I recently came across this photo of an interesting recipe in preparing "Stuffed Camel"...
Stuffed Camel 1 whole camel, medium size 1 whole lamb, large size 20 whole chickens, medium size 60 eggs 12 kilos rice 2 kilos pine nuts 2 kilos almonds 1 kilo pistachio nuts 110 gallons water 5 tbsps. black pepper Salt to taste
Skin, trim, and clean the camel, lamb, and chickens, and boil until tender. (Be sure the pot is large enough.) Cook rice until fluffed. Fry nuts until brown, and mix with rice. Hard-boil the eggs and peel them. Stuff the chickens with eggs and rice. Stuff the lamb with 5 of the chickens and some rice. Stuff the camel with the lamb and more rice. Broil in large oven until brown. Spread the remaining mixed rice on a large tray and place the camel on top. Place the remaining stuffed chickens around the camel. Decorate rice with boiled eggs and nuts. And don't worry if there are more guests than expected - the recipe serves 80 to 100.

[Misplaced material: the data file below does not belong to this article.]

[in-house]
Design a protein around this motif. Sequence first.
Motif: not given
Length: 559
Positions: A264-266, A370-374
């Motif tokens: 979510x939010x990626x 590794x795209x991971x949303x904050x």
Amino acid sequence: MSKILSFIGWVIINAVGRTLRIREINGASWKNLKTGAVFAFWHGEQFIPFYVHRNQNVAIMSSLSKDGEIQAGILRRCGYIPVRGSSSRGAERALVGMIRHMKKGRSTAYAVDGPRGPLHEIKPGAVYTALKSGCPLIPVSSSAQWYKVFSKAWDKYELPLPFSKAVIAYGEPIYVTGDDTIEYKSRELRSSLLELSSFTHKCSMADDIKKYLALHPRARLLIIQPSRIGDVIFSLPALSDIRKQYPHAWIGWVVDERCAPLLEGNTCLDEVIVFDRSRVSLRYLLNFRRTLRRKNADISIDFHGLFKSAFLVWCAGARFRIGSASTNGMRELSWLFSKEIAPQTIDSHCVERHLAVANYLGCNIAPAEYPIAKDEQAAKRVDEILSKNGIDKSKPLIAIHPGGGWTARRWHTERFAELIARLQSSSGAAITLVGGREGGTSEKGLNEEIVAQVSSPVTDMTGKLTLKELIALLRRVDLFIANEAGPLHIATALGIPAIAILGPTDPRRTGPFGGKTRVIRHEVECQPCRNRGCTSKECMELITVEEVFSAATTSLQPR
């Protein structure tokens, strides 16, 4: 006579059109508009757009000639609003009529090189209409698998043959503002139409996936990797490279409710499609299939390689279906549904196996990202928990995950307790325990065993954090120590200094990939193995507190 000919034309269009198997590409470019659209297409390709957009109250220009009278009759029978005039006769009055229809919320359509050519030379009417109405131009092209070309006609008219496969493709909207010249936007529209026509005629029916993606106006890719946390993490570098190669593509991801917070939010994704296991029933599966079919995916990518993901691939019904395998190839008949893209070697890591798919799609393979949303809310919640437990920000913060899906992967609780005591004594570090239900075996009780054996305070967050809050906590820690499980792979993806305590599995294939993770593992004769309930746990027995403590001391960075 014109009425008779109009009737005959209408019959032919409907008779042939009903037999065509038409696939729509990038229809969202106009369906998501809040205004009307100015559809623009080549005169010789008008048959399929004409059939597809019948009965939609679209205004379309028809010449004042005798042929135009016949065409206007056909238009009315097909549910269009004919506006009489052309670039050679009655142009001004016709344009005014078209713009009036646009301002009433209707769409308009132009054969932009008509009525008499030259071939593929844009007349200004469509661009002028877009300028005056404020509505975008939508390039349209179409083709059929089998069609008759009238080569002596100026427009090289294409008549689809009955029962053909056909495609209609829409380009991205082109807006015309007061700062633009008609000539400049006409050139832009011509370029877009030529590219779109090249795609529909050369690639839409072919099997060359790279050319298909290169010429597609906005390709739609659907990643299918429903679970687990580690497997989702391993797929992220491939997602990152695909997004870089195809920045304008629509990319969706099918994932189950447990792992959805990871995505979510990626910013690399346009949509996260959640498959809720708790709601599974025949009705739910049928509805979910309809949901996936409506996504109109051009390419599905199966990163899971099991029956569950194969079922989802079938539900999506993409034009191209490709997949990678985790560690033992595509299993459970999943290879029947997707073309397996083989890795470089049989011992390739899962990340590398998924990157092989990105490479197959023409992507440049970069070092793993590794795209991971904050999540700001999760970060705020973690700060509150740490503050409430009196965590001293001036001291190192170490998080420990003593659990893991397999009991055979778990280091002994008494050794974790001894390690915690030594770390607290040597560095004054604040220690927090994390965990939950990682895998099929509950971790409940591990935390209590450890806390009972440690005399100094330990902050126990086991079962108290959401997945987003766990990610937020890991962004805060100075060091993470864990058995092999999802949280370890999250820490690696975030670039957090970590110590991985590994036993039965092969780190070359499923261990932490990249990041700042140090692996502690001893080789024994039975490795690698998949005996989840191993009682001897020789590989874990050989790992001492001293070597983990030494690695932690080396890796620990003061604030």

Deputy Ruth E. Buntrock, FIC, Gaastra, Mich.
Now I am not here to debate if this is an actual dish or not. The practice of engastration has been well documented. In some digging the above recipe did appear in a publication with some slight differences and credited to a different person.
International Cuisine, presented by California Home Economics Teachers, 1983 (ISBN 0-89626-051-8) - Shararazod Eboli, Home Economist, Dammam, Saudi Arabia
Both these recipes appear to be poking fun at the practice as there are clear jokes in both citings.
What I am interested in is the source of the first picture. Is there a cookbook out there compiled from law enforcement officers and this "Deputy Ruth E. Buntrock" was just having a little fun?